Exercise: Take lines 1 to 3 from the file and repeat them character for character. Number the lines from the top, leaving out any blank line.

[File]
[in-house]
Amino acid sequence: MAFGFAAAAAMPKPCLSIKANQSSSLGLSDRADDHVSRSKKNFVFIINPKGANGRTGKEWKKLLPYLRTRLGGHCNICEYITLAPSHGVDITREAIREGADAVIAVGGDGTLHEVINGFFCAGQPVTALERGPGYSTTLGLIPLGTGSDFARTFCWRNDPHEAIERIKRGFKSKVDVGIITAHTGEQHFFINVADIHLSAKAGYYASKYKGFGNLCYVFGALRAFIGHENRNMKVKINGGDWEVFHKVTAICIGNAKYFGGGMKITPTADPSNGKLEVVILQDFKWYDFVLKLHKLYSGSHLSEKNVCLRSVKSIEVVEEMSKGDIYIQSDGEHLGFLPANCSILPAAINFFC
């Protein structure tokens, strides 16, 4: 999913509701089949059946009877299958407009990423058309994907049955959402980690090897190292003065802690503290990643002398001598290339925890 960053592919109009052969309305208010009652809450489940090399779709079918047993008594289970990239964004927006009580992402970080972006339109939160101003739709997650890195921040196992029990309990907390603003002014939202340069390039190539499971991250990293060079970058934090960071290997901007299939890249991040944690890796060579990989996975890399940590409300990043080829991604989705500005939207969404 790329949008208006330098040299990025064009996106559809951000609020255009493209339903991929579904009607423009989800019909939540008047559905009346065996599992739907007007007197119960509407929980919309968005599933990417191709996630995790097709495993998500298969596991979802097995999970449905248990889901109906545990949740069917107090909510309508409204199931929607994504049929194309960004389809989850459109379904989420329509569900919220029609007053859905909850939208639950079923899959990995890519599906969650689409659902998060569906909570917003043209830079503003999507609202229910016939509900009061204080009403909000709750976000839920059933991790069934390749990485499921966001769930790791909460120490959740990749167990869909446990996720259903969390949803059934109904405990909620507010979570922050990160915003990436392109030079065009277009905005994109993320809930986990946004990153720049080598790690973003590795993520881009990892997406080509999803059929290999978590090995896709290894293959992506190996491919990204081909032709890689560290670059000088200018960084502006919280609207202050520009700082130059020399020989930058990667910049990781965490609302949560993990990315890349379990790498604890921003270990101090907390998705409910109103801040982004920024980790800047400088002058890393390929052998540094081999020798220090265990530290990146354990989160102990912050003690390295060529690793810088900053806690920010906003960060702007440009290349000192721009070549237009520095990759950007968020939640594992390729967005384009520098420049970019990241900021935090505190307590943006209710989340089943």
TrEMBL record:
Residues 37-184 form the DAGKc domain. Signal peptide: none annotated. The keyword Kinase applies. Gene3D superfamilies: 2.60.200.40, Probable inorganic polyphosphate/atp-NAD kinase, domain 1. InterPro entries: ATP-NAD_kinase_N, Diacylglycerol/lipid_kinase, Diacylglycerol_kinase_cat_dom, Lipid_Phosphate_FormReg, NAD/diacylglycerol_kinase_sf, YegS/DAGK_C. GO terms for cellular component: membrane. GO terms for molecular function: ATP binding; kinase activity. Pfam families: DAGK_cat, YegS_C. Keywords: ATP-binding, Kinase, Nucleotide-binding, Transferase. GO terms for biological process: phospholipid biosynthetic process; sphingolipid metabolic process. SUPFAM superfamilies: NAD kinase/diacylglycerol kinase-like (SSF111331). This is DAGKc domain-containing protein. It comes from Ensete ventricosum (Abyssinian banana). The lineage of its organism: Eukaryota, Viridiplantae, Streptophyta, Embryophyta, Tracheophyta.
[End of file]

[in-house]
Amino acid sequence: MAFGFAAAAAMPKPCLSIKANQSSSLGLSDRADDHVSRSKKNFVFIINPKGANGRTGKEWKKLLPYLRTRLGGHCNICEYITLAPSHGVDITREAIREGADAVIAVGGDGTLHEVINGFFCAGQPVTALERGPGYSTTLGLIPLGTGSDFARTFCWRNDPHEAIERIKRGFKSKVDVGIITAHTGEQHFFINVADIHLSAKAGYYASKYKGFGNLCYVFGALRAFIGHENRNMKVKINGGDWEVFHKVTAICIGNAKYFGGGMKITPTADPSNGKLEVVILQDFKWYDFVLKLHKLYSGSHLSEKNVCLRSVKSIEVVEEMSKGDIYIQSDGEHLGFLPANCSILPAAINFFC
């Protein structure tokens, strides 16, 4: 999913509701089949059946009877299958407009990423058309994907049955959402980690090897190292003065802690503290990643002398001598290339925890 960053592919109009052969309305208010009652809450489940090399779709079918047993008594289970990239964004927006009580992402970080972006339109939160101003739709997650890195921040196992029990309990907390603003002014939202340069390039190539499971991250990293060079970058934090960071290997901007299939890249991040944690890796060579990989996975890399940590409300990043080829991604989705500005939207969404 790329949008208006330098040299990025064009996106559809951000609020255009493209339903991929579904009607423009989800019909939540008047559905009346065996599992739907007007007197119960509407929980919309968005599933990417191709996630995790097709495993998500298969596991979802097995999970449905248990889901109906545990949740069917107090909510309508409204199931929607994504049929194309960004389809989850459109379904989420329509569900919220029609007053859905909850939208639950079923899959990995890519599906969650689409659902998060569906909570917003043209830079503003999507609202229910016939509900009061204080009403909000709750976000839920059933991790069934390749990485499921966001769930790791909460120490959740990749167990869909446990996720259903969390949803059934109904405990909620507010979570922050990160915003990436392109030079065009277009905005994109993320809930986990946004990153720049080598790690973003590795993520881009990892997406080509999803059929290999978590090995896709290894293959992506190996491919990204081909032709890689560290670059000088200018960084502006919280609207202050520009700082130059020399020989930058990667910049990781965490609302949560993990990315890349379990790498604890921003270990101090907390998705409910109103801040982004920024980790800047400088002058890393390929052998540094081999020798220090265990530290990146354990989160102990912050003690390295060529690793810088900053806690920010906003960060702007440009290349000192721009070549237009520095990759950007968020939640594992390729967005384009520098420049970019990241900021935090505190307590943006209710989340089943």